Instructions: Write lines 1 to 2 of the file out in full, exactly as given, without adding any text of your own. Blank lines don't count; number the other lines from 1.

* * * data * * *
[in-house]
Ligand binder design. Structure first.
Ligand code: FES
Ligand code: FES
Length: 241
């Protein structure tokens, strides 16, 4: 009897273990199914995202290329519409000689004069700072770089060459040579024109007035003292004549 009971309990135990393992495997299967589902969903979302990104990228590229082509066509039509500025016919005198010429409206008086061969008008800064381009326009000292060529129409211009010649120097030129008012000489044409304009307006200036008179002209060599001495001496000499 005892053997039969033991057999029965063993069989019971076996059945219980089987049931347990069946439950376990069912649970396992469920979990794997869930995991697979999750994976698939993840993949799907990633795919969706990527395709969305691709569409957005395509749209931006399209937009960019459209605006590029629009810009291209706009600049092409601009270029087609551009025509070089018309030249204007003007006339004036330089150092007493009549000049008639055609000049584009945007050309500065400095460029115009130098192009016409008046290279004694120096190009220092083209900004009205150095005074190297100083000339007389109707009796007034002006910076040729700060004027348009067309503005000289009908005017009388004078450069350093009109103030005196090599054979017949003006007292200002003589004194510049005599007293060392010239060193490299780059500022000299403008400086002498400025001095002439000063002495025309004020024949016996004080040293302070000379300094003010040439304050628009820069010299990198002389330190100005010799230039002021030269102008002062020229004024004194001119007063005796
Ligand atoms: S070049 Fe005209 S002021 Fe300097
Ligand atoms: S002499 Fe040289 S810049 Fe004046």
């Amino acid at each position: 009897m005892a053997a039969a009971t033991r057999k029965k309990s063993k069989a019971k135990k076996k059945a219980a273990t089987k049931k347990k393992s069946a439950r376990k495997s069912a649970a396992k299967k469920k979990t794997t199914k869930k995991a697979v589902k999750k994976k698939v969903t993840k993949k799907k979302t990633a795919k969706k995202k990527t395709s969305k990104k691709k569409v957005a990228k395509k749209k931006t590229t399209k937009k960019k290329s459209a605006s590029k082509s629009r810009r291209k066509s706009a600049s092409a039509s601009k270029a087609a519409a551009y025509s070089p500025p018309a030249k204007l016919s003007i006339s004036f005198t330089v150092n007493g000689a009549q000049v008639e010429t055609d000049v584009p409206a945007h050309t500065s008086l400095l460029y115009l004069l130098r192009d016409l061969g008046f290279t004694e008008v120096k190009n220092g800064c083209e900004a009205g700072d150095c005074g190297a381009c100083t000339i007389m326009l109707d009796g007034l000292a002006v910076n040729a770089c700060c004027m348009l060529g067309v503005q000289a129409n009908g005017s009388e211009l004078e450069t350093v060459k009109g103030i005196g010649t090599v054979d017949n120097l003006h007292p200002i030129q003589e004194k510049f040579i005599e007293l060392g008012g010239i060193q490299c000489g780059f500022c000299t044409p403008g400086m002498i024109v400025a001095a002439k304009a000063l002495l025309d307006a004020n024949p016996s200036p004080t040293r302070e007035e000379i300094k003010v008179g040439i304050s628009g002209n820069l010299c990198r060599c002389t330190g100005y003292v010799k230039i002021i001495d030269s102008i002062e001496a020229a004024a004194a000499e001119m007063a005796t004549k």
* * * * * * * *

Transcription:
[in-house]
Ligand binder design. Structure first.